In regard to the other physical properties of crystals, it must suffice to say that they all indicate a similar close dependence on their geometric character. The same systems shown by their mathematical forms and optic properties reappear in reference to their relations to heat, magnetism, electricity, and other properties. The regular or tesseral minerals, with simple refraction of light, are shown by Senarmont's researches also to conduct heat uniformly in all directions, and their magnetic and electric peculiarities are similar. The tetragonal and hexagonal crystals with one chief axis, as they show double refraction of light with a single optic axis, have also analogous modes of conducting heat, of expanding under its influence, and of transmitting magnetism and electricity. And again, the three other systems with unequal axes, as they show two optic axes, exhibit also corresponding peculiarities in respect to the other properties mentioned. In this we have a remarkable instance of connection of the various physical sciences, and a strong proof of the sound basis that crystallography attained by the discoveries of Weiss and Mohs. A great deal has been recently done in improving the instruments employed in determining the forms and dimensions of crystals. Though for first and rough approximations to the angles the early form of the hand goniometer may still be used, even the reflecting goniometer of Wollaston no longer meets the requirements of modern accuracy. In 1820 the Eoyal Academy of Sciences at Berlin offered a prize for the best methods of measuring these angles, which was gained by Dr Kupfter. Malus added a telescope to Wollaston's goniometer, and other methods of increasing its accuracy have been proposed, as by Babinet and Mitscherlich. Frankenheim, Haidinger, and others have also endeavoured to perfect the methods or means of observation which now, as tested by comparison with the results of calculation, seem fully adequate to the w7ants at least of determinative mineralogy.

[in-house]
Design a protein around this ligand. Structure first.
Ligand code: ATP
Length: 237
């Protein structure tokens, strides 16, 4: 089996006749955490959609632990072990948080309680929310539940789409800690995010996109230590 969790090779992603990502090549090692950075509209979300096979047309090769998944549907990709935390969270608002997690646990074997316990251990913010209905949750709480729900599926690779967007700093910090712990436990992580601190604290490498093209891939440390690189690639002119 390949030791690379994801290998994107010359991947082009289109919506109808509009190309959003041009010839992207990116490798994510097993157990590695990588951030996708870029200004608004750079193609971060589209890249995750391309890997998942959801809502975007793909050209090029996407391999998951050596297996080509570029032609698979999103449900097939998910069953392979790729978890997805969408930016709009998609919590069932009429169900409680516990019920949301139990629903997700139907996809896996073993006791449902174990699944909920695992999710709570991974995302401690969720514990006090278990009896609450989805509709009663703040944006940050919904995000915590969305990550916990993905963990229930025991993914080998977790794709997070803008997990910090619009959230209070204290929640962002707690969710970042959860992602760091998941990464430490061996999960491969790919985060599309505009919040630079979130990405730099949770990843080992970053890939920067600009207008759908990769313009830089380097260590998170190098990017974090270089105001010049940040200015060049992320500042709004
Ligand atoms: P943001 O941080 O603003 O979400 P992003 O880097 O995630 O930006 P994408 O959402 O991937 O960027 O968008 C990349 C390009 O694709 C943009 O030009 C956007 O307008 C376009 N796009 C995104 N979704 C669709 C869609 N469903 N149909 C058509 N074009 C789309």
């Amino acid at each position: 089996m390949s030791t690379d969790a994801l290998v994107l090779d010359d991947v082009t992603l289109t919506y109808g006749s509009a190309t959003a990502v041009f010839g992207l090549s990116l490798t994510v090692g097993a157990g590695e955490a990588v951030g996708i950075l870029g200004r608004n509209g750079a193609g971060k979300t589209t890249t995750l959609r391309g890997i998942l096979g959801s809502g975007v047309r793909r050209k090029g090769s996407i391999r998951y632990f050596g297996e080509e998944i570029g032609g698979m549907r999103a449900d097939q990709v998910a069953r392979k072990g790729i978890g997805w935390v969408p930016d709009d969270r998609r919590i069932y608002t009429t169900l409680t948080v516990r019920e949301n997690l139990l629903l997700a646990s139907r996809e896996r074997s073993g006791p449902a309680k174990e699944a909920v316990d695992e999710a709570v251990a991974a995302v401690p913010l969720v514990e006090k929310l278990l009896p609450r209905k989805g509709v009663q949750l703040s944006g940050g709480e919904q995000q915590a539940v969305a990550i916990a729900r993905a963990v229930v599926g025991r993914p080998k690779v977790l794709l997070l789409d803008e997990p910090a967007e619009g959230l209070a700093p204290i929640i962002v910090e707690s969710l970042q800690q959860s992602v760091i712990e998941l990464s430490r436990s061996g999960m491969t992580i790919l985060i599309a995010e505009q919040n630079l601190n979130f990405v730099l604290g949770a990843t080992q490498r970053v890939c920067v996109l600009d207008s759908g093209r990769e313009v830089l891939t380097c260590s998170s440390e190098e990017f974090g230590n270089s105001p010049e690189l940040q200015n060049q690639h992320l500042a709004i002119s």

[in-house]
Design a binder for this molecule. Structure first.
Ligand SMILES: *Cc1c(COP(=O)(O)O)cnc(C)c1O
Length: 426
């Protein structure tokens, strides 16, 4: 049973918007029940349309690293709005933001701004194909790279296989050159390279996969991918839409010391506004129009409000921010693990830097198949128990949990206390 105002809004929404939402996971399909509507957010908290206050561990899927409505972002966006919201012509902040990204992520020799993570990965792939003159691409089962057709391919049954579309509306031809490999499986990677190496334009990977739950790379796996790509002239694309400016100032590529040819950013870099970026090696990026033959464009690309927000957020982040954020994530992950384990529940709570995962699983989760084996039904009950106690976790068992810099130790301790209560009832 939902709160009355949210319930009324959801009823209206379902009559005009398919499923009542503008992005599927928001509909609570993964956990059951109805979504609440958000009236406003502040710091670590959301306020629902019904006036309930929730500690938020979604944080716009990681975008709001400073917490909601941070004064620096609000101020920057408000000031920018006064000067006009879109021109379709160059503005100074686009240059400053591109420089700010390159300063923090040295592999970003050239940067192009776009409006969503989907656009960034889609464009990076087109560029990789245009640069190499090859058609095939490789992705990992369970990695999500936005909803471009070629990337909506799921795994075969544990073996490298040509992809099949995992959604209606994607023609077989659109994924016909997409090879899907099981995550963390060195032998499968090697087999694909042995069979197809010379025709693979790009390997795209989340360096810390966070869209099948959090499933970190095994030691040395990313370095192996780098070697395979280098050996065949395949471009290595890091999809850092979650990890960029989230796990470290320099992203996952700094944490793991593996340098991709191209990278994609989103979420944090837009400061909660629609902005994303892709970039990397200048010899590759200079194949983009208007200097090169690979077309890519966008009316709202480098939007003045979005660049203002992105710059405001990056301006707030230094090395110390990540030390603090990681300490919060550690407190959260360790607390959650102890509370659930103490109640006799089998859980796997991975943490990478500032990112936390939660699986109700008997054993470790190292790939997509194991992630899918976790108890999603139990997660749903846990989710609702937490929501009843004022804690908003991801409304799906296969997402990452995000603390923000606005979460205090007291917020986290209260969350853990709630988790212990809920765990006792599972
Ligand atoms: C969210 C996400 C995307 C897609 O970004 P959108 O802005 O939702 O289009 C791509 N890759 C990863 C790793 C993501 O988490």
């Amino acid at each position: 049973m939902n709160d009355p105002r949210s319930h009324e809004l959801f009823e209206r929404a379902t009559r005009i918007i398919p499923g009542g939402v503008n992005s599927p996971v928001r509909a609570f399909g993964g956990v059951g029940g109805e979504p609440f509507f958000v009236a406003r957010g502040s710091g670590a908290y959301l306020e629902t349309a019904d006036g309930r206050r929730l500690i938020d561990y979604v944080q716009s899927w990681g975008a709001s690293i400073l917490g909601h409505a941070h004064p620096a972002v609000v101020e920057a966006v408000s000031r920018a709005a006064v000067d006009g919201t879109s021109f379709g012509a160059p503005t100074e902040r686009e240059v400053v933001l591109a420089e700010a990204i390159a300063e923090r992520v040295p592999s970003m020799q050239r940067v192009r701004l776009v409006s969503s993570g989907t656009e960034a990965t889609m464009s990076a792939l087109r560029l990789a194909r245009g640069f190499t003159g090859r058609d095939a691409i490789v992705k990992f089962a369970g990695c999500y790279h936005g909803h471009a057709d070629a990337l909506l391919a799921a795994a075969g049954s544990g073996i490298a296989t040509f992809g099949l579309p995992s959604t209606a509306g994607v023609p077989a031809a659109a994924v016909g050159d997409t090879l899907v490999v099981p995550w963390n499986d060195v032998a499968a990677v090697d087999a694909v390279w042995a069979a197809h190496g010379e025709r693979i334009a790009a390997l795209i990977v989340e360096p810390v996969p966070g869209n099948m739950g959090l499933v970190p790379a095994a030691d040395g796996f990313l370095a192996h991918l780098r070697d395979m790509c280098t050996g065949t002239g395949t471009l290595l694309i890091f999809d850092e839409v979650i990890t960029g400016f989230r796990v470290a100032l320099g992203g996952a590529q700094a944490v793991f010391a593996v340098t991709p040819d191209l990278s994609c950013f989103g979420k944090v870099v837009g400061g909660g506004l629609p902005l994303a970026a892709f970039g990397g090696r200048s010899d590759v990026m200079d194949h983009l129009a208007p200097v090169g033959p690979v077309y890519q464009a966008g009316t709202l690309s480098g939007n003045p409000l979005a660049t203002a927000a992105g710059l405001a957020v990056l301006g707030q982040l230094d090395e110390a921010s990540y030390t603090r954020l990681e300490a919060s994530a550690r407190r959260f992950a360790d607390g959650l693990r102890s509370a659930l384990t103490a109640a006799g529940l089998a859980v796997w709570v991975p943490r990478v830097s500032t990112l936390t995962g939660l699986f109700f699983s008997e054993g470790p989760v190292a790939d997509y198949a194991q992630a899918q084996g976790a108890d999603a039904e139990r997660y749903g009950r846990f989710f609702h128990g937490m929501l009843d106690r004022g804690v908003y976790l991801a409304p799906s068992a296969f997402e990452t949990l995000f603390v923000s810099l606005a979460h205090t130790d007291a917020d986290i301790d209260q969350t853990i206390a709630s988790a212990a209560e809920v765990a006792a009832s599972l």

The forms of crystals that occur in native minerals are described more or less fully in several of the works already mentioned. The Atlas der Krystal-Formen des Mineralreiches of Dr A. Schrauf, 1865-1873, is intended to form a complete collection of all the forms observed in the mineral kingdom,—estimated as exceeding 10,000 in number, described in very many separate treatises and memoirs, and every day becoming more numerous. The arrange-ment is alphabetical, and the work, from its accuracy and rich material, is highly valuable but still unfinished. The forms of salts and artificial crystals are described in Rammelsberg's Handbuch der krystallographische Chcmic, 1855, and supplement, 1857, and many of them also in Groth's Kryslallographie.

The history of crystallography is related in C. M. Marx's Geschichte der Kryslallkunde, 1825 ; WheweU's History of the Inductive Sciences, vol. iii. ; Von Kobell's Geschichte der Mineralogie, 1864; Kenngott's Ucbcrsicht der Resullate der Mineralogische Forschungen, 1844-1865 ; Quenstedt's Grundriss, 1873, &c., from which further information may be obtained. (J. N1.)